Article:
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of Ravenna



Luoghi, i personaggi e le storie che raccontano l’anima autentica di Ravenna

The walls of Ravenna, witnesses of an ancient history

View from nort-east of the walls of Ravenna

Did you know that Ravenna is surrounded by ancient walls?

Ravenna is known all over the world for its late Antiquity and early Christian cultural heritage. Just consider its eight UNESCO World Heritage monuments. The splendour of its mosaics, however, risks overshadowing other important pieces of the city’s history that only a few people know about.

The city walls certainly don’t attract groups of tourists, but they silently preserve centuries of history that are worth discovering.

Like many other cities in Emilia Romagna that entered the Roman sphere of influence, Ravenna was also equipped with city walls.
The first set, built during the conflict with Hannibal and taking the shape of the Roman oppidum dates back to the Republican era (at the end of the 3rd century BC). A section of these ancient walls was found within a Roman domus (Domus del Triclinio), identified during excavations carried out by the Banca Popolare di Ravenna.

View from nort-east of the walls of Ravenna
View from nort-east of the walls of Ravenna | Photo ©

When Ravenna became the capital of the Western Roman Empire in 402 AD, the Emperor Honorius worked diligently to further expand the walls, sacrificing much of the pre-existing republican era walls.

Starting from via Porta Aurea, on the south-west side of Ravenna, one will notice two cylindrical bases. Covered with soil and thick vegetation, they can easily go unnoticed. But in reality, we find ourselves in front of what was once a sumptuous and monumental triumphal arch: Porta Aurea (1st century AD), the remains of which are now preserved in the Ravenna National Museum.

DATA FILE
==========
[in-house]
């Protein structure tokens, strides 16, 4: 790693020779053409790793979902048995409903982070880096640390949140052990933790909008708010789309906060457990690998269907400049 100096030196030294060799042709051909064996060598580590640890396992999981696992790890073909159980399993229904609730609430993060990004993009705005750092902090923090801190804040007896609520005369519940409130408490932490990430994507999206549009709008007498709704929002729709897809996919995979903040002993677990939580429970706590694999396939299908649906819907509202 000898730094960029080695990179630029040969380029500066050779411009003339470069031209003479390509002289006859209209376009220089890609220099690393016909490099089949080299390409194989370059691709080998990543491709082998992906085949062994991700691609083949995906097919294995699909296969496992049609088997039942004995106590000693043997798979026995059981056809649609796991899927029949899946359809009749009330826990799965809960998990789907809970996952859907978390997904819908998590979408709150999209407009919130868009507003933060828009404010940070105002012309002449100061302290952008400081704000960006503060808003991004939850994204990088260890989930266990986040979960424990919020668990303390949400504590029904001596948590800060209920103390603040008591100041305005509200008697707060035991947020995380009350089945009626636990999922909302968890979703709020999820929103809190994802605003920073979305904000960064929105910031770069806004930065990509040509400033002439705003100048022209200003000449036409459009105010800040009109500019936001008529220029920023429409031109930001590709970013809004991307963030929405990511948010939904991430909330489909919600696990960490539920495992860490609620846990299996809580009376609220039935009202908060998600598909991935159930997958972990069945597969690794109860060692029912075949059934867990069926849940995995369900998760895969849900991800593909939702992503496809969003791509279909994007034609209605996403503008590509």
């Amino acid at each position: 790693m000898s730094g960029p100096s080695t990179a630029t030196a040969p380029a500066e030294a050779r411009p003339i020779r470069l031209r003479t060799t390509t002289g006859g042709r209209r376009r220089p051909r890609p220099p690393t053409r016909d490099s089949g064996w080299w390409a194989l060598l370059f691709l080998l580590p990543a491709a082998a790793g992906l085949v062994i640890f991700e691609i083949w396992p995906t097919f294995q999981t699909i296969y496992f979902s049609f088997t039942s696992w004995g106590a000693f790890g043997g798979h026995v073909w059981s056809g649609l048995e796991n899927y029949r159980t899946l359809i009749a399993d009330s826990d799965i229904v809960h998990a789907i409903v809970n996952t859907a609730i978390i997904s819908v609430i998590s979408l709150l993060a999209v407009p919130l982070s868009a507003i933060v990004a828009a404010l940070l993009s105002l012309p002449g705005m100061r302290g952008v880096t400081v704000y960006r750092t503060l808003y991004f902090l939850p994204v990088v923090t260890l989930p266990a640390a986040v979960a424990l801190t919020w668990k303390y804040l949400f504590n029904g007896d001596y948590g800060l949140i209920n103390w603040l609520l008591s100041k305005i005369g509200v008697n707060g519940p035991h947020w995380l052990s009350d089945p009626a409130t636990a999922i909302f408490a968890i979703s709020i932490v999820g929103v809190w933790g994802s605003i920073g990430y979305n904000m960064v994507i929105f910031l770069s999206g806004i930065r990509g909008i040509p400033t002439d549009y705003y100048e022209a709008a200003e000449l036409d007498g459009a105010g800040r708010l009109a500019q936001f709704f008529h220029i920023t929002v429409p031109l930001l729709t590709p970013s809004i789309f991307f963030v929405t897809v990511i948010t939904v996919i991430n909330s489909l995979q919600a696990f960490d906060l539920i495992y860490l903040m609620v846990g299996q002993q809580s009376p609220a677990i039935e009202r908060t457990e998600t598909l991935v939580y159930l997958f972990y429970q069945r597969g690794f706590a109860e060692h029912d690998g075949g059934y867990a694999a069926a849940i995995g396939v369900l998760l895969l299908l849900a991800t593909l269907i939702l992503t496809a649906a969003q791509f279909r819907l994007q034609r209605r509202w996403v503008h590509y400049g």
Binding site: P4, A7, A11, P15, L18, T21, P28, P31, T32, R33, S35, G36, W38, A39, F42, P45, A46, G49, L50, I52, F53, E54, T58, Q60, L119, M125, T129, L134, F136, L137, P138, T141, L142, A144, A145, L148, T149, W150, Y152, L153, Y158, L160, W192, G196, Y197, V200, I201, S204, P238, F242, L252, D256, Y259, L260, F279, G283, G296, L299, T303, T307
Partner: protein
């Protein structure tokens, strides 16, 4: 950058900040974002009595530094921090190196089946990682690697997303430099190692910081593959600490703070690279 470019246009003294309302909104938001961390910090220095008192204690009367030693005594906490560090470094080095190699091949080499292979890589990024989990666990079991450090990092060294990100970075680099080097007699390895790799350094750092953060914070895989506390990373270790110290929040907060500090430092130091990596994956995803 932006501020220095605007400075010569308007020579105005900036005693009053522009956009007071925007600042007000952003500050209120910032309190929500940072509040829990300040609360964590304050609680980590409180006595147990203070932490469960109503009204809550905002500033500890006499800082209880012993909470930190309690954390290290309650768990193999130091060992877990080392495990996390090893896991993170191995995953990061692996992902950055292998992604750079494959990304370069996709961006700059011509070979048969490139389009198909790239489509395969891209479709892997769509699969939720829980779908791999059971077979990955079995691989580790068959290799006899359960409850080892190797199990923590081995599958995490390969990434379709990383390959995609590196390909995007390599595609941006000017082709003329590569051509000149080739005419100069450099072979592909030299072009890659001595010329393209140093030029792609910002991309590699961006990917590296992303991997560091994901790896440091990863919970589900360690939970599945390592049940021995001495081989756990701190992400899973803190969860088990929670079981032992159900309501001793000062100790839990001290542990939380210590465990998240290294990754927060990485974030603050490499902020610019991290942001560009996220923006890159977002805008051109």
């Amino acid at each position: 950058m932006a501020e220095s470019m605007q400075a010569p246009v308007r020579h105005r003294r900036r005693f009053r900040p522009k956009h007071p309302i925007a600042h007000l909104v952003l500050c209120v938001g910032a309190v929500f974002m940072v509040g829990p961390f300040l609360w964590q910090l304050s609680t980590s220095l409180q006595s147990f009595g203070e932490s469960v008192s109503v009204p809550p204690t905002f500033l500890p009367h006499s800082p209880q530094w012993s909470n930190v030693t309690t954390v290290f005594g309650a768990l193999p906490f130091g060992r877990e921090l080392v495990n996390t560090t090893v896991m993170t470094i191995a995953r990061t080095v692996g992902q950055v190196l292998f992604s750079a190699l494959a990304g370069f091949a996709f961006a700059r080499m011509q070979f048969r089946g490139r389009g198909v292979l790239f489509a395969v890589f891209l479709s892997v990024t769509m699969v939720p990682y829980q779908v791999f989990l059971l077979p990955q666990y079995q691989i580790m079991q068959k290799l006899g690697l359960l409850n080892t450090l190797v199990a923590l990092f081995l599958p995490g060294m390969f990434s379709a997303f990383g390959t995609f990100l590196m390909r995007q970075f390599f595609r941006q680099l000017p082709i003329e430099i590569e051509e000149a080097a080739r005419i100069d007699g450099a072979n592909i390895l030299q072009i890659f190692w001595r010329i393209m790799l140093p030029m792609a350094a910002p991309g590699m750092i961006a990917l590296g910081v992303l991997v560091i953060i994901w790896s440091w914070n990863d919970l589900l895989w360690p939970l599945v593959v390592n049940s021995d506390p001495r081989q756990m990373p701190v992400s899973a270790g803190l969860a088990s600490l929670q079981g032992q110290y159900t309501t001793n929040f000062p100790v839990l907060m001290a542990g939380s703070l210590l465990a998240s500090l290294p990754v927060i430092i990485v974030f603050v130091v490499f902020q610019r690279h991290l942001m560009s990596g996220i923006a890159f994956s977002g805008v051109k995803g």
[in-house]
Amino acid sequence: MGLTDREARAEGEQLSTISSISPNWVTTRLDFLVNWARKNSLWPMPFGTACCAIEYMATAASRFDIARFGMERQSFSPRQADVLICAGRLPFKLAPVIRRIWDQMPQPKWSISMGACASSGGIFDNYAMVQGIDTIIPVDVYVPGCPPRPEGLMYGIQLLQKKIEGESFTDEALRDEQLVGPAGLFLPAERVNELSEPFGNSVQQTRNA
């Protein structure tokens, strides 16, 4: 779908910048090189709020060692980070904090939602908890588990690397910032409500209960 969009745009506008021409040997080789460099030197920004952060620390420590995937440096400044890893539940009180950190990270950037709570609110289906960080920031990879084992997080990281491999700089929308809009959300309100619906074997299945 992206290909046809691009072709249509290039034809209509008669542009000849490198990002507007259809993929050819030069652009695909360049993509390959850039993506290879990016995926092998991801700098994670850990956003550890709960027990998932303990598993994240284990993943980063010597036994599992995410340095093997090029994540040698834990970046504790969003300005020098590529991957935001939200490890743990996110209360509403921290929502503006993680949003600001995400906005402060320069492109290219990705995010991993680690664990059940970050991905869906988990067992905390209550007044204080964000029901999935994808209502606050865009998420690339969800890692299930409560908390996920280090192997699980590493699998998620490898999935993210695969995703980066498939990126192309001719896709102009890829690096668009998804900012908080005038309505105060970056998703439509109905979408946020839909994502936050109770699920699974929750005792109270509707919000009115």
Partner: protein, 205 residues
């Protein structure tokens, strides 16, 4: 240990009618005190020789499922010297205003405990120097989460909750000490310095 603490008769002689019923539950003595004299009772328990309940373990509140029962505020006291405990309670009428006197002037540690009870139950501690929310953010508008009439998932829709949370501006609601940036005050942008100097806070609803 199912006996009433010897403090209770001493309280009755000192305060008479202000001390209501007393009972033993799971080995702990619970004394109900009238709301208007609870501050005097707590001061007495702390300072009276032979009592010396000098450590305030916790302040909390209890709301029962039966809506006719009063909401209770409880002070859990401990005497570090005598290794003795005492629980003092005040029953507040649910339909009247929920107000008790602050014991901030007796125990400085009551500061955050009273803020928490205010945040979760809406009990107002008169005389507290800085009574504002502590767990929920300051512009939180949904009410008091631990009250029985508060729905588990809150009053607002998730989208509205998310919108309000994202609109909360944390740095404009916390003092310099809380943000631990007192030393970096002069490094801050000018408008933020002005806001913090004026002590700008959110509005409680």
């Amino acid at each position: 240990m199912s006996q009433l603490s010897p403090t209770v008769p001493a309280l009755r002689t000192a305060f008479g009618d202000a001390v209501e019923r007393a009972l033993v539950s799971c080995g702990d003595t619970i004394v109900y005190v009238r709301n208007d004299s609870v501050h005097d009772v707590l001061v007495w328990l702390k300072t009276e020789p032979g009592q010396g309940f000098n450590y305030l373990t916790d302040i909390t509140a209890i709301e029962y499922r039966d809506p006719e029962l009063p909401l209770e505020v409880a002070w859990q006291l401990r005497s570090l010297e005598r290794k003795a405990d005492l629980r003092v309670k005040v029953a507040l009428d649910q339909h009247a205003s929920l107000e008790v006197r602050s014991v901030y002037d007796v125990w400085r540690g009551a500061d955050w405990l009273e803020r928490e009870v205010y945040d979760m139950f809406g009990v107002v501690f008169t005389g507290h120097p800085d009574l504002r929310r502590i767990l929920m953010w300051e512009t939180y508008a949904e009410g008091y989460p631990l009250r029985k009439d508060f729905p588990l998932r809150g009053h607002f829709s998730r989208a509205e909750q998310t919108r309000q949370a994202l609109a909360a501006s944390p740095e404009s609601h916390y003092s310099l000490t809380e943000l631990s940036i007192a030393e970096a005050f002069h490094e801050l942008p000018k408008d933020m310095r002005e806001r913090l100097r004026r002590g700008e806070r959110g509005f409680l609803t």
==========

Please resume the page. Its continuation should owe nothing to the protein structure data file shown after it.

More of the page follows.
It is from this gate, both an ancient entrance and a symbol of Ravenna, that an ideal journey in search of the still visible wall remains and their history begins.

Right on the sides of Porta Aurea it is still possible to see a long tract of walls from the Republican era reinforced from within by an embankment, which had the role of defending the city from the flooding of the rivers that lapped up against the walls.

Continuing towards east, the perimeter continues along via Mura di Porta Gaza, and then ends when you arrive at Porta Gaza. At some points it is still possible to gaze upon the profile of the ancient Roman battlements, now walled in due to the subsequent heightenings.

The still intact perimeter also continues in the opposite direction, from the church of Santa Maria del Torrione up until the former Calligari factory.

Historical city walls in Ravenna
Historical city walls in Ravenna | Photo ©

Here end the visible sections of the Republican-era square perimeter that probably continued up to Porta Adriana, while the north and east sides up to Porta Gaza were completely destroyed on the occasion of the construction of the late antique perimeter.

Some ruins of the walls of the south side of the city remain in via Zagarelli alle Mura and in the area of Porta San Mamante. Along via Zagarelli alle Mura the walls rise with a Roman base and Venetian reconstructions; to the right of Porta Nuova, on the other hand, you will find the remains of the Longinus walls from the early 8th century.

Before the construction of the rail line, the city walls continued to the east of the city as well. This tract, called “Mur Novo“, went from Porta Nuova until Porta Serrata. Today only a few ruins remain next to the tracks in the direction of Rimini which run parallel to the Piazza d’Armi bypass road.

The decline of the walls began at the end of the 18th century, when the concept of city defense had by then changed. From that moment on, they began to be used only to combat banditry and for the purpose of customs duty.

Only a few remains of the ancient walls, witnesses to a great empire, remain today. If you are curious to find out what they looked like in the period of their greatest splendour, there is no better way than to visit the Tamo Museum for a virtual journey into the Ravenna of the past.

Monika  Lombardi

Monika Lombardi

By the Local Editorial Staff

Publication date:20 October 2018
Revision date:3 June 2022